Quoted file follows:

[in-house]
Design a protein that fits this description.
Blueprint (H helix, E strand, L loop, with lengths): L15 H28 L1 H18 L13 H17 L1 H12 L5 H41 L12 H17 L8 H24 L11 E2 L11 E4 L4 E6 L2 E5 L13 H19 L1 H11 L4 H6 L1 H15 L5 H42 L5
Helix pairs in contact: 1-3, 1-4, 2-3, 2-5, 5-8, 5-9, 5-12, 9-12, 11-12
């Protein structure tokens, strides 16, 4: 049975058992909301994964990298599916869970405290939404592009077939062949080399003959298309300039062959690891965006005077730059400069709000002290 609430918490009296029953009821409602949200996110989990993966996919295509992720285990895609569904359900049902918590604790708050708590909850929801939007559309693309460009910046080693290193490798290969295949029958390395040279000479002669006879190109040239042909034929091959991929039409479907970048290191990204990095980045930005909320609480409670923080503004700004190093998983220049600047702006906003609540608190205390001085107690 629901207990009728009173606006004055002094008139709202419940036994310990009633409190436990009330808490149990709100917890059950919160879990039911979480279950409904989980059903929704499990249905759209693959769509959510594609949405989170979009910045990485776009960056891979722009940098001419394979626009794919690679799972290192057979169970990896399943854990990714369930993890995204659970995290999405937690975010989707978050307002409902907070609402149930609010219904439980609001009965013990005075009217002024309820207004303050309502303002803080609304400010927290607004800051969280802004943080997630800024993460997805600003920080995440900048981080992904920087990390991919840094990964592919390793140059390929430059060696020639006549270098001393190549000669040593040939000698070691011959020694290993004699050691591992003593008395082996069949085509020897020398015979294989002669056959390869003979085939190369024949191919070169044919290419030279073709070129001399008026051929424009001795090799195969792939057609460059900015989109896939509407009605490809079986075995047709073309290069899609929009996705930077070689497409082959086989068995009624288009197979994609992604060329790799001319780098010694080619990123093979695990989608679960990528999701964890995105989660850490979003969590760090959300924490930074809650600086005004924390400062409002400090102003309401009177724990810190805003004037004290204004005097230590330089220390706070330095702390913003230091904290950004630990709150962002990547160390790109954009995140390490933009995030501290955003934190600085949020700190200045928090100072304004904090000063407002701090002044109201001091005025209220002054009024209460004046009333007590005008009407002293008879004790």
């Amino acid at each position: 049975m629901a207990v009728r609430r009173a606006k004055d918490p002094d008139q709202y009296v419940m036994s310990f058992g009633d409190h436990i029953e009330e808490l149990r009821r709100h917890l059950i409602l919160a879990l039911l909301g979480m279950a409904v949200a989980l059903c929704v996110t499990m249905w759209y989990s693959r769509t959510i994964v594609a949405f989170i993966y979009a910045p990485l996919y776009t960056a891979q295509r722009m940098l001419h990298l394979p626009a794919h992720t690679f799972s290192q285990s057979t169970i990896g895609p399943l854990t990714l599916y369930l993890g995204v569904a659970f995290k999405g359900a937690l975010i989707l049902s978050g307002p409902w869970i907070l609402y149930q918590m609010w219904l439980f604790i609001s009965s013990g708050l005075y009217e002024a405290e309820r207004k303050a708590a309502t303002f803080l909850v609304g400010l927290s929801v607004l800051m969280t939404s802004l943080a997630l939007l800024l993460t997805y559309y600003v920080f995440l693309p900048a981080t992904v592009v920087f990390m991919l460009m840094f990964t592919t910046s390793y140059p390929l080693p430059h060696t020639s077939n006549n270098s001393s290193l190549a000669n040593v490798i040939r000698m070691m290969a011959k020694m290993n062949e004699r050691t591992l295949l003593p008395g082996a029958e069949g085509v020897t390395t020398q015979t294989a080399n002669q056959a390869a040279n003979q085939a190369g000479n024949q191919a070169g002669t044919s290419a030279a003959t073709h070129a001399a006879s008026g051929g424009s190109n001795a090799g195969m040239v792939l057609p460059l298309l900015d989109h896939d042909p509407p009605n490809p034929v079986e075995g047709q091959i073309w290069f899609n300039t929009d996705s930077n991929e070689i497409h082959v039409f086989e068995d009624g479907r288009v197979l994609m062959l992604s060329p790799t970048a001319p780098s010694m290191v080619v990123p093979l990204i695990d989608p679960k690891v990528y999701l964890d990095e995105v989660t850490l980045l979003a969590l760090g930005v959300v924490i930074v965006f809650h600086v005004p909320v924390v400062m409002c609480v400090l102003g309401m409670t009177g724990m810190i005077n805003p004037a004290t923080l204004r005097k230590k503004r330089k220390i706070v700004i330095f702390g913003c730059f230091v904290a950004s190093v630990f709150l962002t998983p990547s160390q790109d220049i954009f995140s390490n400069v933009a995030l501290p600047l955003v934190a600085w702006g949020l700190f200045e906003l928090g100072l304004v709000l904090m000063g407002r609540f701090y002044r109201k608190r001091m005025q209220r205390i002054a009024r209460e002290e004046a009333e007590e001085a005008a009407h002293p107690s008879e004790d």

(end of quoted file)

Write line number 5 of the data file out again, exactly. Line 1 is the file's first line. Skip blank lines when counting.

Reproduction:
């Protein structure tokens, strides 16, 4: 049975058992909301994964990298599916869970405290939404592009077939062949080399003959298309300039062959690891965006005077730059400069709000002290 609430918490009296029953009821409602949200996110989990993966996919295509992720285990895609569904359900049902918590604790708050708590909850929801939007559309693309460009910046080693290193490798290969295949029958390395040279000479002669006879190109040239042909034929091959991929039409479907970048290191990204990095980045930005909320609480409670923080503004700004190093998983220049600047702006906003609540608190205390001085107690 629901207990009728009173606006004055002094008139709202419940036994310990009633409190436990009330808490149990709100917890059950919160879990039911979480279950409904989980059903929704499990249905759209693959769509959510594609949405989170979009910045990485776009960056891979722009940098001419394979626009794919690679799972290192057979169970990896399943854990990714369930993890995204659970995290999405937690975010989707978050307002409902907070609402149930609010219904439980609001009965013990005075009217002024309820207004303050309502303002803080609304400010927290607004800051969280802004943080997630800024993460997805600003920080995440900048981080992904920087990390991919840094990964592919390793140059390929430059060696020639006549270098001393190549000669040593040939000698070691011959020694290993004699050691591992003593008395082996069949085509020897020398015979294989002669056959390869003979085939190369024949191919070169044919290419030279073709070129001399008026051929424009001795090799195969792939057609460059900015989109896939509407009605490809079986075995047709073309290069899609929009996705930077070689497409082959086989068995009624288009197979994609992604060329790799001319780098010694080619990123093979695990989608679960990528999701964890995105989660850490979003969590760090959300924490930074809650600086005004924390400062409002400090102003309401009177724990810190805003004037004290204004005097230590330089220390706070330095702390913003230091904290950004630990709150962002990547160390790109954009995140390490933009995030501290955003934190600085949020700190200045928090100072304004904090000063407002701090002044109201001091005025209220002054009024209460004046009333007590005008009407002293008879004790």